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In 2020, text messaging experienced its renaissance—a revival and renewed interest in a decades old technology. Now, as we launch into 2021, carriers are taking a closer look at business messaging traffic and implementing changes. So take a breath of fresh 2021-scented air and enjoy this attempt at helping the world better understand business messaging.

For an on-the-go summary of this comprehensive guide, you can download the summary of our report, too.

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Business Messaging in the US

Recent SMS industry developments

While you should definitely read up on the full history of SMS, the truly meaty bits have happened all in the last few years. Let’s review the recent history-defining moments of the SMS industry.

Revolution 2019

When the CTIA released it’s updated Messaging Principles and Best Practices, and the carriers announced the intent for 10 digit long code (10DLC), it was clear that business messaging as we knew it had been revolutionized. The wireless carrier community was finally taking steps to formally recognizing business text messaging as a legitimate and wanted form of communication by consumers, but there were also massive changes to the definition of business messaging itself. Unbeknownst to the larger consumer audience, businesses wanting to send text messages were facing new challenges like consent management, volumetric filtering, and spam filtering that interfered with message delivery like never before.

Renaissance 2020

As chaotic and terrible as 2020 was for, well, everyone, it really sparked a renaissance for business messaging. The pandemic brought a massive need for contactless experiences, and Verizon’s launch of 10DLC created easy access to messaging on local numbers to Verizon users, spurring demand for the other carriers to follow suit. Being an election year, text messaging became not only a necessary channel for businesses to interact with their consumers, but also a major avenue for political parties to drive engagement with their constituents as rallies and other in-person events became unsafe. Carriers also started taking more active roles in their filtering of text messages with the intent of protecting consumers, but without oversight the misaligned policies prevented many wanted messages relating to healthcare, customer service, and socially distant retail from getting to their intended destinations.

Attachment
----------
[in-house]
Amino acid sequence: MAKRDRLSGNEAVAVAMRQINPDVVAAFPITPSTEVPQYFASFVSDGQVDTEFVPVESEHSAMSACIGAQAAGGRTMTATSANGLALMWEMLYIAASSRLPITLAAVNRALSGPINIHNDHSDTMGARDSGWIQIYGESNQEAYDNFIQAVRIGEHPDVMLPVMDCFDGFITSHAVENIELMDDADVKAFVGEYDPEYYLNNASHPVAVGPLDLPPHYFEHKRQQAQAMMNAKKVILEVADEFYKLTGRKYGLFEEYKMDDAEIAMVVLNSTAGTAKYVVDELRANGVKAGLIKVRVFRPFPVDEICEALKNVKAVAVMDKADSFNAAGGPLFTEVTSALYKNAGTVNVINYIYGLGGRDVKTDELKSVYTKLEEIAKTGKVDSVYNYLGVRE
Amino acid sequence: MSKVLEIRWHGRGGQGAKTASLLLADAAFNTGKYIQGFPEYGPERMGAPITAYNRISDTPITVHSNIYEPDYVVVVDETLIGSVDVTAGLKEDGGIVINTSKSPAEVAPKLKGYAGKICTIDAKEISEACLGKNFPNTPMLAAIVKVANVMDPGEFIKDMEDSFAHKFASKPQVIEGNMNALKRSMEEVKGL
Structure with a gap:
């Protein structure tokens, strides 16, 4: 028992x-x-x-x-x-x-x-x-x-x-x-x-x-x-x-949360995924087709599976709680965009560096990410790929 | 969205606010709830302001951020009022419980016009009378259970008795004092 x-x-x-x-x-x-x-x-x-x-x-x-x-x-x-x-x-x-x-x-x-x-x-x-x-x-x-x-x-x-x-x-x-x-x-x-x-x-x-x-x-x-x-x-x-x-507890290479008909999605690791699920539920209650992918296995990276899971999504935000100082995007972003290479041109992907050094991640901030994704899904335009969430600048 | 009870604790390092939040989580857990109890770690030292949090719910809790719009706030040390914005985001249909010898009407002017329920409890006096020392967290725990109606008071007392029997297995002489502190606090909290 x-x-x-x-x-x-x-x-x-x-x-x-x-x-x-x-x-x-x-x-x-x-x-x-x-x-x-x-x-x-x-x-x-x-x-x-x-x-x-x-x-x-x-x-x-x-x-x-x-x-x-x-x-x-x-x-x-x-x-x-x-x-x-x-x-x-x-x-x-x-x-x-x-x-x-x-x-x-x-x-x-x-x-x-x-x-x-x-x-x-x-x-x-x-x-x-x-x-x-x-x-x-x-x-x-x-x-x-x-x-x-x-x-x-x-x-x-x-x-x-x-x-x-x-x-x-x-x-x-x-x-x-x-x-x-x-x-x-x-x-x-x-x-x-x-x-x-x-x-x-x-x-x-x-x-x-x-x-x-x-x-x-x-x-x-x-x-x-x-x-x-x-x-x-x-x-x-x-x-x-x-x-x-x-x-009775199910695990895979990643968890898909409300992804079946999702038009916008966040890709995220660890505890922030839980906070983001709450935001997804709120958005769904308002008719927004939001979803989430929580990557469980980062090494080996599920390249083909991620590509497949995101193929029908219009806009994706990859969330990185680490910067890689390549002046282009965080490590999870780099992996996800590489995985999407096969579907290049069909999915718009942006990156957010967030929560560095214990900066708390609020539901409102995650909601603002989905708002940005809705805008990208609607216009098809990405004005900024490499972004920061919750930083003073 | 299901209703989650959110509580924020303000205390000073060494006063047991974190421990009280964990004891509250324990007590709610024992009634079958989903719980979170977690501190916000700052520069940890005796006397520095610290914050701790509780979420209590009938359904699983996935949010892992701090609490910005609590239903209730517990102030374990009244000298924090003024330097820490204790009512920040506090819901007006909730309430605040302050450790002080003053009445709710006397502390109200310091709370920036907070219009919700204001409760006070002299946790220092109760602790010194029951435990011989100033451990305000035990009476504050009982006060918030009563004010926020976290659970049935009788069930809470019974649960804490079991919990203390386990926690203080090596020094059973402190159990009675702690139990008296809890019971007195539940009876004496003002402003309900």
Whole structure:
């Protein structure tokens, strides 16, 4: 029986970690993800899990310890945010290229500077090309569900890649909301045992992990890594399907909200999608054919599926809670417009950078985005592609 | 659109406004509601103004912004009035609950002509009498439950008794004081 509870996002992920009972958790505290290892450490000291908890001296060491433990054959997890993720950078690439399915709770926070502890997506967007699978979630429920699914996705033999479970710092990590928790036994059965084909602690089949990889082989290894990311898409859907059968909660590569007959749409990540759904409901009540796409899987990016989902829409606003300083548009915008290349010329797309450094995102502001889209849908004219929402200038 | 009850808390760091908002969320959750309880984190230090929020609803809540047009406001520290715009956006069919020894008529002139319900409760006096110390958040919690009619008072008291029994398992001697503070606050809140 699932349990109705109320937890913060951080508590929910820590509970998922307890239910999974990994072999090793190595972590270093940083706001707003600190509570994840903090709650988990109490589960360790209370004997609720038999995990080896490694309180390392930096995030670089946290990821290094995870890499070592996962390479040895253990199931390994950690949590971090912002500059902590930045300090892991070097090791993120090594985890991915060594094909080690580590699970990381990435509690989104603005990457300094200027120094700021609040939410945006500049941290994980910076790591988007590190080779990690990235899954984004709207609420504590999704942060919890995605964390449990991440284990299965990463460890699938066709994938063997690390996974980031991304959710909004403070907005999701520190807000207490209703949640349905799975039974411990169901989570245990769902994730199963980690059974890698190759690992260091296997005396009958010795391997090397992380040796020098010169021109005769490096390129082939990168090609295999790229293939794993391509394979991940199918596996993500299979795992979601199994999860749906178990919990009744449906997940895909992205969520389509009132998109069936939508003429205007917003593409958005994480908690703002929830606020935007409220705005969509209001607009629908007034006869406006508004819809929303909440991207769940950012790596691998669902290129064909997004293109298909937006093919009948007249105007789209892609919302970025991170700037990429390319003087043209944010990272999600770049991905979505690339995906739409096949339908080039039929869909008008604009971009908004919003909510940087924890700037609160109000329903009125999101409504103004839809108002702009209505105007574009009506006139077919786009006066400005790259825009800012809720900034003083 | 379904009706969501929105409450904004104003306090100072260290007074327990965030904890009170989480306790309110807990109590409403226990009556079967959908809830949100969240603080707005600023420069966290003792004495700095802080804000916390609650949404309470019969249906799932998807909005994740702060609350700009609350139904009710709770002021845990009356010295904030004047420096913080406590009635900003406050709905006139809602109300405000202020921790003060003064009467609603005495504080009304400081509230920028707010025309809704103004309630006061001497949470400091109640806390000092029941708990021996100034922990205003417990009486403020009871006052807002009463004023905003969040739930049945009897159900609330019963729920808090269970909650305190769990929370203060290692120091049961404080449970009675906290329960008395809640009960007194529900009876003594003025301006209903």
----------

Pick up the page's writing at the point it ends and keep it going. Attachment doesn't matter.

Reformation 2021

As we look ahead to the next twelve months, business text messaging is going to experience a reformation. AT&T and T-Mobile are poised to introduce more regulation and monitoring with the rollouts of their 10DLC programs. Adaptations like snowshoeing and shared short codes are finally being put out to pasture. Ideally, the industry would come together and unify the requirements and programs to simplify traffic exchanges and enhance the end-user’s experiences. But the wireless carriers are defining their own individual requirements, leading to marketplace barriers for businesses that we are all working to navigate. On top of all of that, business text messaging is about to get a lot more expensive, bringing economic pressure to the ecosystem. The hope is that these changes bring a reduction in spam and unwanted messages. So, as text messaging continues to be such a critical form of communication in the US, we are heading for a reformation to keep a positive experience in the messaging inbox.

Read the full history on our blog Visit our blog

What do business messaging best practices look like today?

The CTIA is the wireless industry’s association in Washington D.C. Its controlling members are primarily comprised of representatives from the major wireless telecom companies, whom it represents. Part of the CTIA’s stated mission is to ‘Convene the industry to tackle our most difficult challenges and coordinate voluntary best practices and initiatives.’ The CTIA says it aims to gain consensus on best practices that set the tone and expected behavior throughout the communications industry. The most recent iteration of the CTIA’s attempt at this consensus document was the July 2019 release of the Messaging Principles and Best Practices.